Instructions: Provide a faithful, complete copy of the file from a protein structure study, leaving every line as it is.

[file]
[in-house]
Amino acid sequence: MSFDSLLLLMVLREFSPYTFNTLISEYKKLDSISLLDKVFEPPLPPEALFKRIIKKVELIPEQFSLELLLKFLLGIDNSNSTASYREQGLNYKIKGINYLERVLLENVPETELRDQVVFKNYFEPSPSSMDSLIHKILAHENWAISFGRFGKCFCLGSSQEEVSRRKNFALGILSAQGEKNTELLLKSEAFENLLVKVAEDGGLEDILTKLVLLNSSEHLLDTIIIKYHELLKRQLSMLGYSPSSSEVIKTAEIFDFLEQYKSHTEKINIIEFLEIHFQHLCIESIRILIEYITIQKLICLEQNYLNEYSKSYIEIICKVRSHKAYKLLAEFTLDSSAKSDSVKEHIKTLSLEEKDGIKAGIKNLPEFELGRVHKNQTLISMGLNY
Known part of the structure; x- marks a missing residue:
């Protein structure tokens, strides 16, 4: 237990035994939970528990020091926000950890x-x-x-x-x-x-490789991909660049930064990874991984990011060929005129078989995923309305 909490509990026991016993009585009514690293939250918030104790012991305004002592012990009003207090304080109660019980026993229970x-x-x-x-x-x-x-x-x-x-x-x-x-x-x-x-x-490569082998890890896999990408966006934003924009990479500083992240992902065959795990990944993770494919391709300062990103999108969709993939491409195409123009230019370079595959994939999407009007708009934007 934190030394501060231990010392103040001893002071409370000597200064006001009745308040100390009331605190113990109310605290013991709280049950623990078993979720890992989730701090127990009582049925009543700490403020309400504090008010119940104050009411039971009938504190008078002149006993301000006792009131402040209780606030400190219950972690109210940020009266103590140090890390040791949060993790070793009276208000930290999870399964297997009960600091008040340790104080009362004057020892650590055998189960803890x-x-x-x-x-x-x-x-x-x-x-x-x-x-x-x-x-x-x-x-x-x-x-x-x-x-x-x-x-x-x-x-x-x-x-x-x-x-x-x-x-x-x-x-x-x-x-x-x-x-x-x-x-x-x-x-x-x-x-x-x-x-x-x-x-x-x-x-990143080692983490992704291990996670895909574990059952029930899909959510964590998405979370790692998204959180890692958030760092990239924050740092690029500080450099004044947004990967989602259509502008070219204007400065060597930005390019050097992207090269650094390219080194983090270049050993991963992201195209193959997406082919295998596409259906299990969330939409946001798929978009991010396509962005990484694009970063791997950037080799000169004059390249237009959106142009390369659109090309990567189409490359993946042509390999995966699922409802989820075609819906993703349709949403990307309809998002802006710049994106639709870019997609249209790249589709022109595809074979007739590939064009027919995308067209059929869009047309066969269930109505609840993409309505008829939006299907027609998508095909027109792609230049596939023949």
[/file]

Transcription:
[in-house]
Amino acid sequence: MSFDSLLLLMVLREFSPYTFNTLISEYKKLDSISLLDKVFEPPLPPEALFKRIIKKVELIPEQFSLELLLKFLLGIDNSNSTASYREQGLNYKIKGINYLERVLLENVPETELRDQVVFKNYFEPSPSSMDSLIHKILAHENWAISFGRFGKCFCLGSSQEEVSRRKNFALGILSAQGEKNTELLLKSEAFENLLVKVAEDGGLEDILTKLVLLNSSEHLLDTIIIKYHELLKRQLSMLGYSPSSSEVIKTAEIFDFLEQYKSHTEKINIIEFLEIHFQHLCIESIRILIEYITIQKLICLEQNYLNEYSKSYIEIICKVRSHKAYKLLAEFTLDSSAKSDSVKEHIKTLSLEEKDGIKAGIKNLPEFELGRVHKNQTLISMGLNY
Known part of the structure; x- marks a missing residue:
């Protein structure tokens, strides 16, 4: 237990035994939970528990020091926000950890x-x-x-x-x-x-490789991909660049930064990874991984990011060929005129078989995923309305 909490509990026991016993009585009514690293939250918030104790012991305004002592012990009003207090304080109660019980026993229970x-x-x-x-x-x-x-x-x-x-x-x-x-x-x-x-x-490569082998890890896999990408966006934003924009990479500083992240992902065959795990990944993770494919391709300062990103999108969709993939491409195409123009230019370079595959994939999407009007708009934007 934190030394501060231990010392103040001893002071409370000597200064006001009745308040100390009331605190113990109310605290013991709280049950623990078993979720890992989730701090127990009582049925009543700490403020309400504090008010119940104050009411039971009938504190008078002149006993301000006792009131402040209780606030400190219950972690109210940020009266103590140090890390040791949060993790070793009276208000930290999870399964297997009960600091008040340790104080009362004057020892650590055998189960803890x-x-x-x-x-x-x-x-x-x-x-x-x-x-x-x-x-x-x-x-x-x-x-x-x-x-x-x-x-x-x-x-x-x-x-x-x-x-x-x-x-x-x-x-x-x-x-x-x-x-x-x-x-x-x-x-x-x-x-x-x-x-x-x-x-x-x-x-990143080692983490992704291990996670895909574990059952029930899909959510964590998405979370790692998204959180890692958030760092990239924050740092690029500080450099004044947004990967989602259509502008070219204007400065060597930005390019050097992207090269650094390219080194983090270049050993991963992201195209193959997406082919295998596409259906299990969330939409946001798929978009991010396509962005990484694009970063791997950037080799000169004059390249237009959106142009390369659109090309990567189409490359993946042509390999995966699922409802989820075609819906993703349709949403990307309809998002802006710049994106639709870019997609249209790249589709022109595809074979007739590939064009027919995308067209059929869009047309066969269930109505609840993409309505008829939006299907027609998508095909027109792609230049596939023949």